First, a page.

FAQs on Covid-19: Can virus contaminate scanning machines? How to clean equipments after checking Corona patients?
After each contact with potential coronavirus patients, staff should disinfect all CT and MR machine gantries, noninvasive ultrasound probes, blood pressure cuffs, and mouse and keyboards at imaging stations.
— By Dr KK Aggarwal
517: What are ICMR testing results
ICMR was earlier testing only suspected patients — those who had travelled overseas, those who were in contact with them and were symptomatic — and only 3 per cent of them tested positive for coronavirus.
ICMR, then, began a sentinel surveillance programme from 15 February to 19 March at more than 50 major hospitals in India. They picked up representative samples of all cases of Severe Acute Respiratory Infection (SARI), like pneumonia. In this study, two out of 965 samples tested positive for Covid-19.
On 20 March, the testing criteria changed and they started testing all SARI cases across India. A total of 4,946 samples were tested and 102 out of them were positive for Covid-19. This means out of 5,911 cases tests in total, only 104 have tested positive. Even though testing is targeted, only 1.8 per cent have tested positive.
The study indicates that 38 per cent of coronavirus cases do not have a history of foreign travel.
Private labs have only tested suspected cases till now. Out of the 16,000 tests that private labs have done, only 320 have tested positive for Covid-19.
The Indian Council of Medical Research (ICMR) said on Saturday that a total of 1,79,374 samples from 1,64,773 individuals have been tested in India as on April 11 9 p.m., and 7,703 of them have tested positive.
518: The virus not politics, will set the terms
It leaves us with three options: Continue sheltering at home until there is a vaccine, which could take a year or more; simply open the floodgates of activity and then face a repeat explosion of cases; or prepare vigorously, expanding our public health capacity so we can gradually lift restrictions and safely loosen the tap of activity, instead.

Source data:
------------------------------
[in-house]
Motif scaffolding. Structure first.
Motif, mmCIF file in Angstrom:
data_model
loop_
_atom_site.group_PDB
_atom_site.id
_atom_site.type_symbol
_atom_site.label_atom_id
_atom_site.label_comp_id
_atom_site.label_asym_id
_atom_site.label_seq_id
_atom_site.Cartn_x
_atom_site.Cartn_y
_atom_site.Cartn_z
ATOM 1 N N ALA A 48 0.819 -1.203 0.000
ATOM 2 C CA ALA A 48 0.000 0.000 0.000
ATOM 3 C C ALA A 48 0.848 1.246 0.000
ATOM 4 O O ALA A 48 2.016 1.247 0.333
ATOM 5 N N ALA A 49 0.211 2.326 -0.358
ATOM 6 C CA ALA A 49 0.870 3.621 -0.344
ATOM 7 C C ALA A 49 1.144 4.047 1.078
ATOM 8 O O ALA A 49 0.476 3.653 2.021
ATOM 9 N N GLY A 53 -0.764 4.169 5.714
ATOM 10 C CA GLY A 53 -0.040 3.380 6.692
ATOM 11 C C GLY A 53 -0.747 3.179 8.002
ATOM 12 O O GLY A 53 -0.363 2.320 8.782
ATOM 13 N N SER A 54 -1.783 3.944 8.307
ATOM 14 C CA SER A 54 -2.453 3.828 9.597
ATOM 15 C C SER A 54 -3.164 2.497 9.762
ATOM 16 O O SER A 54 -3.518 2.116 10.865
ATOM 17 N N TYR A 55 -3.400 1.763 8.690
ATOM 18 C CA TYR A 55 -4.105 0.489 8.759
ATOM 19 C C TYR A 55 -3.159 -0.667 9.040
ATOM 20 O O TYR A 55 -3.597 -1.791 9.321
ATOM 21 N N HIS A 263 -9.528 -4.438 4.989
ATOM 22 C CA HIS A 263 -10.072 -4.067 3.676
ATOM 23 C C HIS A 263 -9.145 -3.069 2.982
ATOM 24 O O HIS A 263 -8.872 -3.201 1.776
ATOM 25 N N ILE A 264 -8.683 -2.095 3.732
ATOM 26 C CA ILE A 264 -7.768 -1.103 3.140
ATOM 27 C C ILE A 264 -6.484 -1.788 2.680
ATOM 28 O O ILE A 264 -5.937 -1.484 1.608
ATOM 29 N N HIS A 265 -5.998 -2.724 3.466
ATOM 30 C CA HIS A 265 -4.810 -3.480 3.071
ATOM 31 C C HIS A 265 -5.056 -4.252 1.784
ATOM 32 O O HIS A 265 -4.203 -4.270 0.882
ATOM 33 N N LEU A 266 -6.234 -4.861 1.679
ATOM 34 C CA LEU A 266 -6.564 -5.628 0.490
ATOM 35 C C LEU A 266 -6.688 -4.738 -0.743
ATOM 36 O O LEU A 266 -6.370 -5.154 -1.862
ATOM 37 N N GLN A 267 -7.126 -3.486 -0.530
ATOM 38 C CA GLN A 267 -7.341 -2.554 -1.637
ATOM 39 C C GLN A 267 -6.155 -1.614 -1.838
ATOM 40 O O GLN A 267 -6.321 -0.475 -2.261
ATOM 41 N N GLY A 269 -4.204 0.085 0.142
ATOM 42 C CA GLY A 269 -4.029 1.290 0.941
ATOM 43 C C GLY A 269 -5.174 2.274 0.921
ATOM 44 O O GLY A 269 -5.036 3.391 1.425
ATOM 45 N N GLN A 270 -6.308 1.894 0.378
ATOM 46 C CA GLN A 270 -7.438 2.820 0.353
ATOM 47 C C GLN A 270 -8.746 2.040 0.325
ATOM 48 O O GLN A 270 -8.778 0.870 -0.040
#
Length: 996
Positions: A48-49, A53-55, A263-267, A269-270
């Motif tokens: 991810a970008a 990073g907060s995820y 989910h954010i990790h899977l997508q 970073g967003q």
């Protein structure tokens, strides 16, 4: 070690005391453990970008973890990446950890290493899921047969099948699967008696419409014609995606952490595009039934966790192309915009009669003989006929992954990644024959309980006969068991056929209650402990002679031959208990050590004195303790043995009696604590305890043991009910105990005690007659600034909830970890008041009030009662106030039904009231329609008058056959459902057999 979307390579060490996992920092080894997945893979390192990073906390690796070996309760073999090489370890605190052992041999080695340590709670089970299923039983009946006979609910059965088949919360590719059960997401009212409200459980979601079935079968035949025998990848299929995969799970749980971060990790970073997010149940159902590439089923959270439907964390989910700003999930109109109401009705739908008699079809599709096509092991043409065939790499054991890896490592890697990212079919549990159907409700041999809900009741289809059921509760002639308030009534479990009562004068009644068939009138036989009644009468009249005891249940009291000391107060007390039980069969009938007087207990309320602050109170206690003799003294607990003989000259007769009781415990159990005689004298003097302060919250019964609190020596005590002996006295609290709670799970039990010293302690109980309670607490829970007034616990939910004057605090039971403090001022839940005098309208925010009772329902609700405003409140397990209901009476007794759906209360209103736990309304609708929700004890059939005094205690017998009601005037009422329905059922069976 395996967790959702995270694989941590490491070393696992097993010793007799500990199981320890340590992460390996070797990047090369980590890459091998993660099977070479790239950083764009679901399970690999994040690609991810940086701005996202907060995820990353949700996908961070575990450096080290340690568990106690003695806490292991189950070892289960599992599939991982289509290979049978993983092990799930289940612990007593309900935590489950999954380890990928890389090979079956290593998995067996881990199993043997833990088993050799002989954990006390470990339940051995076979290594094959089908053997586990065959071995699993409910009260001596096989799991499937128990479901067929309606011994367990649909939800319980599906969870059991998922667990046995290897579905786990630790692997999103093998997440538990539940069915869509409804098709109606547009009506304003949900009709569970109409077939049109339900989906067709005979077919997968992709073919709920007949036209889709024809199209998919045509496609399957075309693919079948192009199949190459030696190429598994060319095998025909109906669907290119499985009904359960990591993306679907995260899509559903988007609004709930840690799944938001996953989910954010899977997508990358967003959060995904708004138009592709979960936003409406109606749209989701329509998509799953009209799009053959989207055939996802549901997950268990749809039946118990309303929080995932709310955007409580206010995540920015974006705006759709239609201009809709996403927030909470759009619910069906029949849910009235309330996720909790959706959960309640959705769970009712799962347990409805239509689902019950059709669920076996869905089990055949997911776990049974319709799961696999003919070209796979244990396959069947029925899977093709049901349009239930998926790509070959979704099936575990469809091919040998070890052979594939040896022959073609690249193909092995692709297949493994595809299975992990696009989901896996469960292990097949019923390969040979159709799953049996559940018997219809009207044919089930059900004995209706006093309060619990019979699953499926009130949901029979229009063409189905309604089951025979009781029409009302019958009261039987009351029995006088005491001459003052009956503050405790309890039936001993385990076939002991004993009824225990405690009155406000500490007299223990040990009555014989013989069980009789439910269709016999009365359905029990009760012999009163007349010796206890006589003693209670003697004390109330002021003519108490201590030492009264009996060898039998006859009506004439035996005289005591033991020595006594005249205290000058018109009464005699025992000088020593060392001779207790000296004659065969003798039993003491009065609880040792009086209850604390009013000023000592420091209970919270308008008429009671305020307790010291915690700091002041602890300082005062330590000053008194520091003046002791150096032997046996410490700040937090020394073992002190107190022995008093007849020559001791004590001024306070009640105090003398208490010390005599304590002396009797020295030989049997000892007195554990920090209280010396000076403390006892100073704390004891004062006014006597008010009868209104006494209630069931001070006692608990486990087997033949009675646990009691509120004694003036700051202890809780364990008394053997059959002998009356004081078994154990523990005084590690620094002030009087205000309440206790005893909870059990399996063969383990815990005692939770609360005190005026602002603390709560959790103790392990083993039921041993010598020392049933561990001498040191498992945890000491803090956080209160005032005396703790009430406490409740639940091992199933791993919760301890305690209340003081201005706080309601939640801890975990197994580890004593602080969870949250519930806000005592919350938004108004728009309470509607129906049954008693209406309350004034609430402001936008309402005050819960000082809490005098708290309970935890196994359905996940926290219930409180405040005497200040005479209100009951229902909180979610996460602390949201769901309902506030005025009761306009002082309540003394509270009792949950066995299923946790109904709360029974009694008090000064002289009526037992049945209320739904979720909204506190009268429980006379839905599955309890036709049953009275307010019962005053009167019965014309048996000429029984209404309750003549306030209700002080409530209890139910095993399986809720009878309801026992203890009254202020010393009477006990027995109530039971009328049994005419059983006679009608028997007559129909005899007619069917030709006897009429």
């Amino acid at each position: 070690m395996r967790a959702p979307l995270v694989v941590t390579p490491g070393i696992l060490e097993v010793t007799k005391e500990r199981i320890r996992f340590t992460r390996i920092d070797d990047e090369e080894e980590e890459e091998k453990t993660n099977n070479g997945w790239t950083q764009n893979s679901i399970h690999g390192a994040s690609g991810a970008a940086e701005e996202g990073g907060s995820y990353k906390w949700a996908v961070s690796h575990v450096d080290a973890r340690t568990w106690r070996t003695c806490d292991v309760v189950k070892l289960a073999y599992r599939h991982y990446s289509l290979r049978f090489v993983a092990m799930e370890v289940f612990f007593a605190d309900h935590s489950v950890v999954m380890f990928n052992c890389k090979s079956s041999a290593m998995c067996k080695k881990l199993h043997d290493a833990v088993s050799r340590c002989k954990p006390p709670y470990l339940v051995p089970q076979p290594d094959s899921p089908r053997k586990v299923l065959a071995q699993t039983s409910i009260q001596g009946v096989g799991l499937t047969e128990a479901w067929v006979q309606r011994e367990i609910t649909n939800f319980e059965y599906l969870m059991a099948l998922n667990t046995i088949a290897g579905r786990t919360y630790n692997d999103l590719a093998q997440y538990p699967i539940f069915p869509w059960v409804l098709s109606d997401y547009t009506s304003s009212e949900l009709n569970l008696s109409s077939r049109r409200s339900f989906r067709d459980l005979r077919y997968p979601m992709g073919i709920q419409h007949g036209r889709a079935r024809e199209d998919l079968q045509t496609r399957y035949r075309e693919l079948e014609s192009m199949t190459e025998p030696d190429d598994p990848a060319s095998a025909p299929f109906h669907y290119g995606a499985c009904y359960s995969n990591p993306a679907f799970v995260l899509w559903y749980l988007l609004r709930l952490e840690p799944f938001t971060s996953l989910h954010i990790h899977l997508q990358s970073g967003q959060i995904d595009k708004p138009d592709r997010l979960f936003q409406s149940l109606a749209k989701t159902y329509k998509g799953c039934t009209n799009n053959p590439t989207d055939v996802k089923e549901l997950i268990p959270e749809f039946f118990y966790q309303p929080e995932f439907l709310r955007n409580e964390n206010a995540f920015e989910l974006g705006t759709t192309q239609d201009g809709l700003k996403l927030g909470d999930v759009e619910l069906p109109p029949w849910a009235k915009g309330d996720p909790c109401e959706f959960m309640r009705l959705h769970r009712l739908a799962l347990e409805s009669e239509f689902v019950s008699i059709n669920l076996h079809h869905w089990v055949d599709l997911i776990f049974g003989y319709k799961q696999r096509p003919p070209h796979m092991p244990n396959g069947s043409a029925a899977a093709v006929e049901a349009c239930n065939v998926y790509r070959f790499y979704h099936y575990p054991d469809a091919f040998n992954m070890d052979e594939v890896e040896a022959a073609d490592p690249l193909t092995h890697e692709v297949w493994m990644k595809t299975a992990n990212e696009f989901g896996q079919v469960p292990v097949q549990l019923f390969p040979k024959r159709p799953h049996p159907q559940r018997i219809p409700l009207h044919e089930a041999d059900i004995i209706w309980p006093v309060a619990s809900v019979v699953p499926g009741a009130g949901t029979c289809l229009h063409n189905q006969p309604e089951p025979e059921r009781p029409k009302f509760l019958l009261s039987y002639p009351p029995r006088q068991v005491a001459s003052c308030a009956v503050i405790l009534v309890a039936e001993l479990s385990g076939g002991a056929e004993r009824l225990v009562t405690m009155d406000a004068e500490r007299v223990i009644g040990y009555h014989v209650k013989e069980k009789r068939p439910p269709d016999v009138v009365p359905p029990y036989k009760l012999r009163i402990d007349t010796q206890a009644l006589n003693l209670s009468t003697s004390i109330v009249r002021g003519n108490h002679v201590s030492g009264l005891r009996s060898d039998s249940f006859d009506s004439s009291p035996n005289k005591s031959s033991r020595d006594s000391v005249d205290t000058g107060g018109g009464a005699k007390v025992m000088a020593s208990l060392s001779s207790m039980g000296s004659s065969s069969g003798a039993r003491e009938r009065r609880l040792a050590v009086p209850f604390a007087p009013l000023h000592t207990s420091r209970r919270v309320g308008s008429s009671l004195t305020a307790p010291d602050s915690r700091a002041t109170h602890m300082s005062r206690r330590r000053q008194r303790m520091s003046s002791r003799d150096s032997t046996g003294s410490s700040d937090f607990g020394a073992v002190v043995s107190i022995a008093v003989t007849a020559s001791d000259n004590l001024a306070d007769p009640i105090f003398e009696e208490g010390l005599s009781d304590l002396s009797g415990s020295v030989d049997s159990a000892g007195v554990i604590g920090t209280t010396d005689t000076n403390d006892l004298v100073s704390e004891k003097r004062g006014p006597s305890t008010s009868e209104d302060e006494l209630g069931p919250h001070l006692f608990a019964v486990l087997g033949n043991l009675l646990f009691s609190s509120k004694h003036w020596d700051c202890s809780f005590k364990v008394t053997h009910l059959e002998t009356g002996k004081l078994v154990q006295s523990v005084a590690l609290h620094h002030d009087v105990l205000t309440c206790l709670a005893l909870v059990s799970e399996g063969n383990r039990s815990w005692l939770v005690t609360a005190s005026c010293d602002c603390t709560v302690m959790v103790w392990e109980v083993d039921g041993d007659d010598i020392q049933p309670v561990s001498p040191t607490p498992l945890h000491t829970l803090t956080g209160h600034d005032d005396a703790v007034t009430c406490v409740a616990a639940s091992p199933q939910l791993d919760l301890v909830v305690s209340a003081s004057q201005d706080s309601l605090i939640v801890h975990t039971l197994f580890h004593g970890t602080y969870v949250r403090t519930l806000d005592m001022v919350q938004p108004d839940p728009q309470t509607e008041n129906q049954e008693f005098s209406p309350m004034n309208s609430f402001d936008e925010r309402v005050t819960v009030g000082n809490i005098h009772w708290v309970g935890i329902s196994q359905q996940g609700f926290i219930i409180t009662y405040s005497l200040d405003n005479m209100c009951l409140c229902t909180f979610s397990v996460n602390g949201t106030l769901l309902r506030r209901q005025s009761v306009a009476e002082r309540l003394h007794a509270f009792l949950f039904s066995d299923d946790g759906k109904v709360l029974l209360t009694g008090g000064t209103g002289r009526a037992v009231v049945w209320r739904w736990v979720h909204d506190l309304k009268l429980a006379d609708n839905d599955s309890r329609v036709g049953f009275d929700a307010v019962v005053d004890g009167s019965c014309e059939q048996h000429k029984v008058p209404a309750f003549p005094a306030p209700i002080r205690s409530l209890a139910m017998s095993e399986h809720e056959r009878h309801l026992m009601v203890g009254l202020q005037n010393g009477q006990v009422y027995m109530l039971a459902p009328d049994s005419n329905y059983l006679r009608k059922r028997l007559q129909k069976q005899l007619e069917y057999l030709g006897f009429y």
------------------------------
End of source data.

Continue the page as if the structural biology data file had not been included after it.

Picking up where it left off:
519: The CDC reports that cloth face coverings should:
Include multiple layers of fabric.
Allow for breathing without restriction.
Fit snugly but comfortably against the side of the face.
Be secured with ties or ear loops.
Be able to be laundered and machine dried without damage or change to shape.
Cloth face coverings fashioned from household items or made at home from common materials at low cost can be used
Cloth coverings should not be placed on young children under age 2, anyone who has trouble breathing, or is unconscious, incapacitated or otherwise unable to remove the mask without assistance.
The recommended cloth face coverings are not surgical masks or N-95 respirators. Surgical masks and respirators are in short supply and must continue to be reserved for medical first responders.
This CDC recommendation does not replace – but rather, it complements – our social distancing efforts
It is critical that we continue to wash our hands regularly, cover our coughs, stay at home whenever possible and maintain 6-feet social distancing in order to slow the spread of COVID-19.
520: What is the dose of Ivermectin
12 mg single tablet
521: Can two people in the same family behave differently with COVID 19
A physician couple who both had COVID-19 had very different responses — one ending up in intensive care, the other asymptomatic. This tells us how much is still to be learned about COVID-19, says Noopur Raje, MD, professor of medicine at Harvard Medical School and director of the Center for Multiple Myeloma at Massachusetts General Hospital (MGH) in Boston.
Raje says that she wants clinicians to know how symptoms can evolve both quickly and suddenly. She recalls how for 10 days, she cared for her COVID-19–positive husband at home, separated from him by a floor in their Boston townhouse and wearing a surgical mask and gloves to bring him food and fluids, as he was too weak to help himself.